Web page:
Pieter Wisse - a world to know
In 1995 I was an adolescent, young and rebellious. With friends I went to downtown Vienna to demonstrate against rightwing extremism. Before we got to the demonstration we encountered a group of neo-nazis. A boy of about 17 was right opposite me with a knife in his hand. We looked at each other for a few seconds. I did not see an evil animal as I had imagined but rather a person like me, young and craving attention, even so the boy decided to stick the knife in my belly.
It was the eye contact that was the trigger for me to go Wismar in former East Germany. I asked myself questions like: who are these people who call themselves neo-nazis, what drives them and is there love in this world of hatred?
Neo-nazis are often in the media, always portrayed as alcohol-consuming and foreigner-beating animals. This is also the comfortzone for neo-nazis, because from there they can say and do anything they’d like. The essence of a right-wing extremist is knowing what he/she is: a neo-nazi, someone at the edge of society against the order.
Having a common enemy they become loyal to eachother and therefore comrades. When one strips away this comfortzone, one would be left with a few men who are searching for something. However this will take a long period, because the deep-rooted right-wing beliefs are passed on from parents to children and their offspring.
text and photos © Pieter Wisse
Pieter Wisse is a Rotterdam based photographer who completed the School of Fine Arts in Utrecht in 2007. He also is the owner of the Four Eyes Photography & Art Bookstore and Gallery in Rotterdam where I found the book online.
In April 2010 Pieter started the website 500photographers where he features five contemporary photographers a week for a period of 100 weeks.
His book "I believe in 88" contains not only great and strong photographs but also a very interesting insight of young neo-nazis in today Germany and I wanted to share a glimpse of it with you.
Not according to me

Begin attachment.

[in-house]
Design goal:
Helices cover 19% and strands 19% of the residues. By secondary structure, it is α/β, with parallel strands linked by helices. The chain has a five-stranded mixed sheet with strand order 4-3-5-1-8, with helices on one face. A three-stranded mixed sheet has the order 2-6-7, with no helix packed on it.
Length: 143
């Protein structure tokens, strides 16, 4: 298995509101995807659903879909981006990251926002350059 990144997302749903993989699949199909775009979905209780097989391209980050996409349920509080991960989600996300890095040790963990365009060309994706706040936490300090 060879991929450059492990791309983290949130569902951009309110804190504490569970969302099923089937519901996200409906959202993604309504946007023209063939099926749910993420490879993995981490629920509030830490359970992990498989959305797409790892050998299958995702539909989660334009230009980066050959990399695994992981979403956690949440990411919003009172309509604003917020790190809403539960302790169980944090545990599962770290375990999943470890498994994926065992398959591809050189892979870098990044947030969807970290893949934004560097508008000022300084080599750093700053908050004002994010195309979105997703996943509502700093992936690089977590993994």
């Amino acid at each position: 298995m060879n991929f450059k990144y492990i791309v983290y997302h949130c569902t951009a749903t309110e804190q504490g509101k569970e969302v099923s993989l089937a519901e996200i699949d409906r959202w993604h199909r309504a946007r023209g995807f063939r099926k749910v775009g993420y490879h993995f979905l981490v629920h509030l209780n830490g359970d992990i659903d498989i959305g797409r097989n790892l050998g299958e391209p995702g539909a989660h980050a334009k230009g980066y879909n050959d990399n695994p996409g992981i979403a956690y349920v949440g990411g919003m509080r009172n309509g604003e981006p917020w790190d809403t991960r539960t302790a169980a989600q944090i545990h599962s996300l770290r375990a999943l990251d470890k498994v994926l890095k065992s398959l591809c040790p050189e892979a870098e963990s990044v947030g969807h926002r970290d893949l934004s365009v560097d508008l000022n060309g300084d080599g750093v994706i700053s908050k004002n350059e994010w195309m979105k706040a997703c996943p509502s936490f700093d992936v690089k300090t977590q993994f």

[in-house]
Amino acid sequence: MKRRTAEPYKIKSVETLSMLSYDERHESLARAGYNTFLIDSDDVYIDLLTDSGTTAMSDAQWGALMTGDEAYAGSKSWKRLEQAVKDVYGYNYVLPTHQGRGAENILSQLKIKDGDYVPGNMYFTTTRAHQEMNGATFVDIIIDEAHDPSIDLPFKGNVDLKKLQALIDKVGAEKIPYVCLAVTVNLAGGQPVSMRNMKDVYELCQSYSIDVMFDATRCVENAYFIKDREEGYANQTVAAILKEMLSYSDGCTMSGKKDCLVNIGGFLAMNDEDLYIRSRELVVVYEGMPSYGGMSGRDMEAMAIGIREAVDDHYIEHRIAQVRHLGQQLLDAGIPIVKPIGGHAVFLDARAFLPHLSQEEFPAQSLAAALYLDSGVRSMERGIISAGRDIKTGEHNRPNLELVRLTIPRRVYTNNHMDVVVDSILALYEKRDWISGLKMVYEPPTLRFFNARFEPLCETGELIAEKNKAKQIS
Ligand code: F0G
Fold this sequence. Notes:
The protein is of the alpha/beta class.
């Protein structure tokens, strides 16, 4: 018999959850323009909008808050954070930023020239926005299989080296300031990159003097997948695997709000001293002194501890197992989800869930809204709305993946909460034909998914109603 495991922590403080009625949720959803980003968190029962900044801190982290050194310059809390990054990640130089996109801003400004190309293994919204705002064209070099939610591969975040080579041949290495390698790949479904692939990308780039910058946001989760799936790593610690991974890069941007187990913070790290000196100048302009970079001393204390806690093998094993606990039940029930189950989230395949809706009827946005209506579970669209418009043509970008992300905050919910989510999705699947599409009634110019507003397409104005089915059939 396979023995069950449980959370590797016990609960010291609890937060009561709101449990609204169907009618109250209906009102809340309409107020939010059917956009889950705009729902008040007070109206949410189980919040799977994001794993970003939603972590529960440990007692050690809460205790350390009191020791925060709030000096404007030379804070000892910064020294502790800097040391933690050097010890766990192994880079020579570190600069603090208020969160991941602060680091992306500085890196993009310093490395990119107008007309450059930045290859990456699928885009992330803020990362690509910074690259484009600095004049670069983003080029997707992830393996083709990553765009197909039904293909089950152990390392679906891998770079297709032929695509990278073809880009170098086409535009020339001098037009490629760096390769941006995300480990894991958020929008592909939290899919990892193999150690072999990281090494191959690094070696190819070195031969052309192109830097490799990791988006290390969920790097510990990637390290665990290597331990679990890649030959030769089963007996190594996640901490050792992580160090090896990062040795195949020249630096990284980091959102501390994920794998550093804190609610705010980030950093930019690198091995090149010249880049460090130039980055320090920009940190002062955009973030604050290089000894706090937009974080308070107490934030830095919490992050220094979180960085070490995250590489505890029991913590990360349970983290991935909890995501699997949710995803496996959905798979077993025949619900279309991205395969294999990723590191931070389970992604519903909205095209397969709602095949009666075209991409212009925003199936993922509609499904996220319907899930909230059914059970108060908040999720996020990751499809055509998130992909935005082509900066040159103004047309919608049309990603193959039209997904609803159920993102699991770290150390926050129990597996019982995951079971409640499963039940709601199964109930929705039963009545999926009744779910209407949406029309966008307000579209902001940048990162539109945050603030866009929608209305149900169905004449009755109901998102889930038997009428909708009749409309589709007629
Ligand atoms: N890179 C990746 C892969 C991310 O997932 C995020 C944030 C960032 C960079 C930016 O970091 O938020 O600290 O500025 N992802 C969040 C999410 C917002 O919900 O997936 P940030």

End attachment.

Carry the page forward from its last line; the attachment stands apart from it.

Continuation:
I guess that racism, xenophopia is something that unite these people. Not unlike the nazis from the 1930s and 1940s. In their opinion (especially) Jewish people were the root of all evil.
But their ideology also consisted of anti-Slavism and a belief in the superiority of the White, Germanic, Aryan or Nordic races.
History speaks to us. Do we as Europeans want history to repeat itself?
Every time we cross the line of hate to know, like he did, we are doing something new in this world, for not repeating the violence of history.
In my experience there's a lot of movement now in the world about this question, looking deeply at what stand behind the violence we don't like, on behalf of our personal responsabilities, let's go forward to see...
thanks for sharing
But xenophobia and recism are gaining ground in Europe - there is no question about it
In the Netherlands, France, Italy Hungary, Denmark, Sweden...
I forgot to mention that apart from political and sociological explanations we should of course look at economic issues, unemployment etc
What I am saying is that the "hate" of these people is not "hate" in general - it is a very specific hate directed against immigrants, Roma people or people that they consider as a threat to their nationalistic beliefs
It is an absurd ideology, but keep in mind that right wing extremism is entering the parliaments of many countries in Europe
Of course it is good that photographer Pieter Wisse gives us some insight - although I think it is necessary to read the text that goes along with the pictures in the book.